How Come Such A Hobby, You Ask?

| July/August 1998

This article is reprinted from the County Star Weekly News Written and sent to us by Herb E. Beckemeyer 1123 County Road 900 E, Champaign, Illinois 61821-9623.

I don't think it would be proper for me to talk with you about my hobby without going back into the past for the reason I have such a hobby. So, let me first talk about the words 'hobby' and 'nostalgia.' I think these two words go together in my circumstances.

The word 'nostalgia' means (as one writer puts it) yearning for former things or places, or a 'homesickness.' In short, it is a memory of the past and, the older we become, the more noticeable it becomes. However, I was born and spent my boyhood in the early part of this century, and I do have many memories, and I hope many of you have a fine list of memories.

It is said: the young live for the future, the middle-aged live for the present, but most older folks live for the past. Their memories become their greatest possessions, and what a wonderful thing it is that the good Lord has blessed us with this ability to retain these memories, and even more so in our lifetime than any other equal time in history. We have seen more changes in our lifetime than any other people's in past history.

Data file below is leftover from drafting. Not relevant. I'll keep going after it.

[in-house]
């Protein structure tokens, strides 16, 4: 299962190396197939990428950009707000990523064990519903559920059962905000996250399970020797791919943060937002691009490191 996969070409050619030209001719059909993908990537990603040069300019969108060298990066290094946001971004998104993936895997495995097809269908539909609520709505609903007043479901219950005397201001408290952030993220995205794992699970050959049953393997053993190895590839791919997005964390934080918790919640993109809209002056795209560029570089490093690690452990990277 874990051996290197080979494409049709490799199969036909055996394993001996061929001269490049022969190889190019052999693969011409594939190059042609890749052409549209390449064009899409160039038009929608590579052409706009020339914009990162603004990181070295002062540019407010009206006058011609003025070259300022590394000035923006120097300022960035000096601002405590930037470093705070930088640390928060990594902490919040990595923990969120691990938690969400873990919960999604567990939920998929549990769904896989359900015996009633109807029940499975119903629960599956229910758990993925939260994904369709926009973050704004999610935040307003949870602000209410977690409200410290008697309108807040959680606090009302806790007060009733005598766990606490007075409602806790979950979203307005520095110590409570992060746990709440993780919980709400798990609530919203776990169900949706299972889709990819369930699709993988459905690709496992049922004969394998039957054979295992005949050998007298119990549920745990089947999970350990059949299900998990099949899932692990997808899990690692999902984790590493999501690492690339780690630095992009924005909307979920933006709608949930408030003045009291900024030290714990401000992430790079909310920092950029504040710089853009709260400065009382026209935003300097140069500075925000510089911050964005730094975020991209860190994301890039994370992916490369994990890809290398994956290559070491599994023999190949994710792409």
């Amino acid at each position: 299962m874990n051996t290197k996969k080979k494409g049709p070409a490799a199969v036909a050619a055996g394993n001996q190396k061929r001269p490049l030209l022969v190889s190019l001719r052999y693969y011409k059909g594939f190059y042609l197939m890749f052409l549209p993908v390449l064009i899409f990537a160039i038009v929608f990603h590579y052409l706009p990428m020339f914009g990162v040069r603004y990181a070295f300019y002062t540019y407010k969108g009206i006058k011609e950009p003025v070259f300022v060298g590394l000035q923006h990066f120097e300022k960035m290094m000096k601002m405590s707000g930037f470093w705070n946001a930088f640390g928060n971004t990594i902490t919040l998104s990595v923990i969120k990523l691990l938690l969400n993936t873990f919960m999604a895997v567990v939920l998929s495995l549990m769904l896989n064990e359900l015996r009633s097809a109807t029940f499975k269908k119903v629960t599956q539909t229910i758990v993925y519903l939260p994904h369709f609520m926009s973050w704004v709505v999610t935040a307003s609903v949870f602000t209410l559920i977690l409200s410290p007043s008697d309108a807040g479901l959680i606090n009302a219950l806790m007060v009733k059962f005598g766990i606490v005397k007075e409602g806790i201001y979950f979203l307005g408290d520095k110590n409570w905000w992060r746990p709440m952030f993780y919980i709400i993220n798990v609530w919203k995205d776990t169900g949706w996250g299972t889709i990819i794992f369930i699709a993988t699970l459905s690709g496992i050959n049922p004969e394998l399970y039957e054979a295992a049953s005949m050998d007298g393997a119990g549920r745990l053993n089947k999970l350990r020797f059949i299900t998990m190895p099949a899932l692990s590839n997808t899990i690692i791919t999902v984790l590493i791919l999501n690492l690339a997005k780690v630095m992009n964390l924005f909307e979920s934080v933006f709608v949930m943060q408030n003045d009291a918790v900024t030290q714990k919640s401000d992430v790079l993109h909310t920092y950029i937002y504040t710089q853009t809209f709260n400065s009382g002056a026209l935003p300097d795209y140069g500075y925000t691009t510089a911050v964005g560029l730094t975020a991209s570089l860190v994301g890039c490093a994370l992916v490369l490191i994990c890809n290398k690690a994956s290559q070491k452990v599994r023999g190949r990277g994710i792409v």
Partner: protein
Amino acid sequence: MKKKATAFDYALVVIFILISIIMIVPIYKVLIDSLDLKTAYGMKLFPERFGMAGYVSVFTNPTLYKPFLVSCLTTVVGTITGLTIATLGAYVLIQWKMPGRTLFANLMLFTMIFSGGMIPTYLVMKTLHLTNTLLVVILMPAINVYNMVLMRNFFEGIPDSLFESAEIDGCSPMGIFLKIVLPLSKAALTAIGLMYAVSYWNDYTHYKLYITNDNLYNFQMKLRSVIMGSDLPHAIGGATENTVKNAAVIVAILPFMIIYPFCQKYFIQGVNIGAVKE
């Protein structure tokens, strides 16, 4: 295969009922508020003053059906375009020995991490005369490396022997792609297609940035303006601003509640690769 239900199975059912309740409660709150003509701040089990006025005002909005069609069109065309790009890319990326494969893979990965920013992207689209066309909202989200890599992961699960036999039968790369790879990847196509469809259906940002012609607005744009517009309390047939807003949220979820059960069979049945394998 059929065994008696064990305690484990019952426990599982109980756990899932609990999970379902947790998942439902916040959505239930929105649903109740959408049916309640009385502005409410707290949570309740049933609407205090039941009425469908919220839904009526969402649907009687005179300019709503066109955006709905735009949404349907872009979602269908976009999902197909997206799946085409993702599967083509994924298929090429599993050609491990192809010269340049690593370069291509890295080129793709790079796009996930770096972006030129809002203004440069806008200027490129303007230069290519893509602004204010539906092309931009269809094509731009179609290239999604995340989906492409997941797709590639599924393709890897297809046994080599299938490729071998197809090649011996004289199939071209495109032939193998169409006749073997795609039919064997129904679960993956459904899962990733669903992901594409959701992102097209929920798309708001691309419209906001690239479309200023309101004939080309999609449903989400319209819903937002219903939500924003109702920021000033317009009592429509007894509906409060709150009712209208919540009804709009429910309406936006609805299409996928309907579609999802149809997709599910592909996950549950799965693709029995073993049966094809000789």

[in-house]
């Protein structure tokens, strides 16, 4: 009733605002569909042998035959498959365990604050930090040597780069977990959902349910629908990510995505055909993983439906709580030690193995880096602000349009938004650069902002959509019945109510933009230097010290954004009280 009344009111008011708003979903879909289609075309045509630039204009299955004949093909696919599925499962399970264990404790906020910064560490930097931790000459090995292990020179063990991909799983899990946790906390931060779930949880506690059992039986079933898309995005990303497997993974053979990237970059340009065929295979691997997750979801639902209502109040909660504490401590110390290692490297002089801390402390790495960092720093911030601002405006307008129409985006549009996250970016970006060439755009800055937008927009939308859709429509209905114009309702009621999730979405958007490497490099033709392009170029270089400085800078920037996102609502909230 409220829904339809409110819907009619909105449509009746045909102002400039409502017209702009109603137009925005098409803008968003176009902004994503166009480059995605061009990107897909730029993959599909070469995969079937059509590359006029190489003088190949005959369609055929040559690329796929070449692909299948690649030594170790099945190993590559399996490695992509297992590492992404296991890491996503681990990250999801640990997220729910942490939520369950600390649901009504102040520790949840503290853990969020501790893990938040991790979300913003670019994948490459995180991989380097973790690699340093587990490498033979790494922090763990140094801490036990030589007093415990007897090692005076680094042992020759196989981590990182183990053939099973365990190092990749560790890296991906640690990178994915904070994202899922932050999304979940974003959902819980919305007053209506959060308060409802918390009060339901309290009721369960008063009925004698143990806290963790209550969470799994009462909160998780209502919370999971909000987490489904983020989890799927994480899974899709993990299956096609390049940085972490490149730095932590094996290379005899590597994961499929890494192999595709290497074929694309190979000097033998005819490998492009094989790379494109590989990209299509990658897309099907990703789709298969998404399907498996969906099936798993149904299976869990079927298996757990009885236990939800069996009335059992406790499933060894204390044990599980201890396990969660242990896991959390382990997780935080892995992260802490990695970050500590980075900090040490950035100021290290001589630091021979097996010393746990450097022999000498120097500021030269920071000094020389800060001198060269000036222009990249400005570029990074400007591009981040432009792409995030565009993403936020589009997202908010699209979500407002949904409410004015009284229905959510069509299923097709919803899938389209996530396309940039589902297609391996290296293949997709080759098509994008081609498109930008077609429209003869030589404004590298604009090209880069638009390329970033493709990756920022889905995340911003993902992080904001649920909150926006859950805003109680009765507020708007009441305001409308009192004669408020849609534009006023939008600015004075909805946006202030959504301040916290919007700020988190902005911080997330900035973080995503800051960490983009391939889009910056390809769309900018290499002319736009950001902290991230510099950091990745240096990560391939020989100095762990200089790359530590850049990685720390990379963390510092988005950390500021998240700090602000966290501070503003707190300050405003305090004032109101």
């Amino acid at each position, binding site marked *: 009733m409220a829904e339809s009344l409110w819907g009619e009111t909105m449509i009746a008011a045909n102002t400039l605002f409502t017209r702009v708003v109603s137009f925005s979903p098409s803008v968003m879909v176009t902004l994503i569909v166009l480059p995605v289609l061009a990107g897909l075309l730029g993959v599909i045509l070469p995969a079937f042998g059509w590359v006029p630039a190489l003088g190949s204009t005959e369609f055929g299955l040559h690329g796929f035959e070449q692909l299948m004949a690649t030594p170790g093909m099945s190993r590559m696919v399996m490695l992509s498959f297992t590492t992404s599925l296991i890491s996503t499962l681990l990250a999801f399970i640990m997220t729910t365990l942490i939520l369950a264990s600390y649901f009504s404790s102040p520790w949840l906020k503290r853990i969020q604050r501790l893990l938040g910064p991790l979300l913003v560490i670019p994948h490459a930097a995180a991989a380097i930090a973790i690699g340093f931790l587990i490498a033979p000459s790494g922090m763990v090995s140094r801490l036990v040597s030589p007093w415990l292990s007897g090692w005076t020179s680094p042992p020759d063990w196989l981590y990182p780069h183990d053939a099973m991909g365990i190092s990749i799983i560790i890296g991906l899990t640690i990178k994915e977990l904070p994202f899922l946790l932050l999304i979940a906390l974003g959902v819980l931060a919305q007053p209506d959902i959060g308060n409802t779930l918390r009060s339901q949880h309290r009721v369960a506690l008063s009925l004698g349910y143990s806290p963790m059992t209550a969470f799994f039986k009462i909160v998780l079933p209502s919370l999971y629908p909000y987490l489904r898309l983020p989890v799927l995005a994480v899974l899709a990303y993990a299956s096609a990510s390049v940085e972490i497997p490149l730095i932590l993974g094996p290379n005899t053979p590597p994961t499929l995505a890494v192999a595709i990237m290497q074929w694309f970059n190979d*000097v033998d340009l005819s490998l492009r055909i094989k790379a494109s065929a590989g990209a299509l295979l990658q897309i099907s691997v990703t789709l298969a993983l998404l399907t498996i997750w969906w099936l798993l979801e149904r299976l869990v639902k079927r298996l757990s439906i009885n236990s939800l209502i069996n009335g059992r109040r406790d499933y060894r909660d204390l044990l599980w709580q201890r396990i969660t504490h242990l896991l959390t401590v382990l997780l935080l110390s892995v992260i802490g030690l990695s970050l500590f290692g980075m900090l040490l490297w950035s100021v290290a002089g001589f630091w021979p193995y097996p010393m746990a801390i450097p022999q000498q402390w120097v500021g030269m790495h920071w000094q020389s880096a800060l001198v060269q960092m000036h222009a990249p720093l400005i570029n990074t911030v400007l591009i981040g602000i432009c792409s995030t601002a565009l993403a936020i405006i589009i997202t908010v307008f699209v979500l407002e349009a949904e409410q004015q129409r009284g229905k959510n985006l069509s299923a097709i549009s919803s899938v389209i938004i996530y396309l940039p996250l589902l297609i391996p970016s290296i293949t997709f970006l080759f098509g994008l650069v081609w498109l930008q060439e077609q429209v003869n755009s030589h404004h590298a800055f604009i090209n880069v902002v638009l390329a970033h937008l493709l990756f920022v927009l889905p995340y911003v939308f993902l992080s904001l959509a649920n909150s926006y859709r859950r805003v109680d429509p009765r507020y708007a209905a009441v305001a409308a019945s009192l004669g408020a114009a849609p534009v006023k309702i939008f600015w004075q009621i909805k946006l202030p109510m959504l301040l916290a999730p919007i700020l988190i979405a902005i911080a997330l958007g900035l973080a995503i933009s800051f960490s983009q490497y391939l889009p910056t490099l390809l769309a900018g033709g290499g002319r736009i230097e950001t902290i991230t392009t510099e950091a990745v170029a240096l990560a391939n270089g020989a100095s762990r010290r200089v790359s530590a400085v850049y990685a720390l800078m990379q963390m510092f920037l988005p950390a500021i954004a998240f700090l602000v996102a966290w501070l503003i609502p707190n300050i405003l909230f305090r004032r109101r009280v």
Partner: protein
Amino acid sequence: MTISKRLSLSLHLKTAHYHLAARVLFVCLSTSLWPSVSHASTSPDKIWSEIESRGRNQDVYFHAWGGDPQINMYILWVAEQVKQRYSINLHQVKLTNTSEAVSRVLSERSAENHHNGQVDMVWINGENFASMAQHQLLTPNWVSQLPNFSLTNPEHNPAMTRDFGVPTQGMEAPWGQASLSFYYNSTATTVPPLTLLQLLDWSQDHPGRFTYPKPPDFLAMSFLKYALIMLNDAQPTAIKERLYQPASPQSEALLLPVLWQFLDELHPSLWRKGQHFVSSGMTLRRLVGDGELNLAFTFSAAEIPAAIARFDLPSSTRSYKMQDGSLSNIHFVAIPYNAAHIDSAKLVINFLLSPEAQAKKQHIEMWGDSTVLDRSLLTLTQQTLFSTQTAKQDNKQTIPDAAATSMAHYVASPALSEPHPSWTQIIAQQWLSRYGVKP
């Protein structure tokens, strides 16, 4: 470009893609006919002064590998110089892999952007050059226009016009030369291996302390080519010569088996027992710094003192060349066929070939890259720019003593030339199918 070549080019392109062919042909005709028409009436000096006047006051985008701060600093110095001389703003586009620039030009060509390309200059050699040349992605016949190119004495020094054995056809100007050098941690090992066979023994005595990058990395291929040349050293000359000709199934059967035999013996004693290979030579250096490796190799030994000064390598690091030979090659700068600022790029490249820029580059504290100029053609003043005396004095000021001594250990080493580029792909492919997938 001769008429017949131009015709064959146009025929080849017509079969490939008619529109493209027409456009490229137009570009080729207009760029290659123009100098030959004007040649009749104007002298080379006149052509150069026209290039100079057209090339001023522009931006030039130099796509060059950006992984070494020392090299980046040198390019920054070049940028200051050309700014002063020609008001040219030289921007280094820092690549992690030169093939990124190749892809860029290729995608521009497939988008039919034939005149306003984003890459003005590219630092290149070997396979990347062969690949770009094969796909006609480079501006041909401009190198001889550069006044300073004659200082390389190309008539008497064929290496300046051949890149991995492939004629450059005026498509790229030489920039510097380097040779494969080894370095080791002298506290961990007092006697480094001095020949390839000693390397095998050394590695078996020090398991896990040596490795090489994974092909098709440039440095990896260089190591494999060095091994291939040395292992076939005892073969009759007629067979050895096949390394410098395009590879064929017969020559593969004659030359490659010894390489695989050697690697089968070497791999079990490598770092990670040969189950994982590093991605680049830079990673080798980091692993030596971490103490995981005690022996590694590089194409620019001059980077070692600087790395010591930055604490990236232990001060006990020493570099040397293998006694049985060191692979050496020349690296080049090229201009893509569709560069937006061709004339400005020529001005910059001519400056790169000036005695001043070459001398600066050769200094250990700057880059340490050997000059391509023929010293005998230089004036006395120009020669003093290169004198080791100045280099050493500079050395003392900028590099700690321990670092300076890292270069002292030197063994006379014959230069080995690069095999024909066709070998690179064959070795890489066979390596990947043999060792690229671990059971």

There seems to be one common denominator in all this, though the person having overcome the greatest obstacles and hardships seems to have the richest memories. Persons having been, as the saying goes, 'born with a silver spoon in their mouth 'having few hardships I feel, have few memories worthwhile, for they have not had to join in the fight for survival, using some hidden talents, improvising to meet the challenge of the more primitive times and conditions. To some extent, I pity that person who has always had plenty, for to me, he was denied the chance to fully develop his talents and create a fine list of memories.

Many of these memories are relatively simple, especially to an 'ole' farm boy, such as feeding chickens, calves, slopping pigs, walking a few miles to a one-room school house, shucking corn, shocking oats, walking bare-foot behind a plow or down a hot dusty road.


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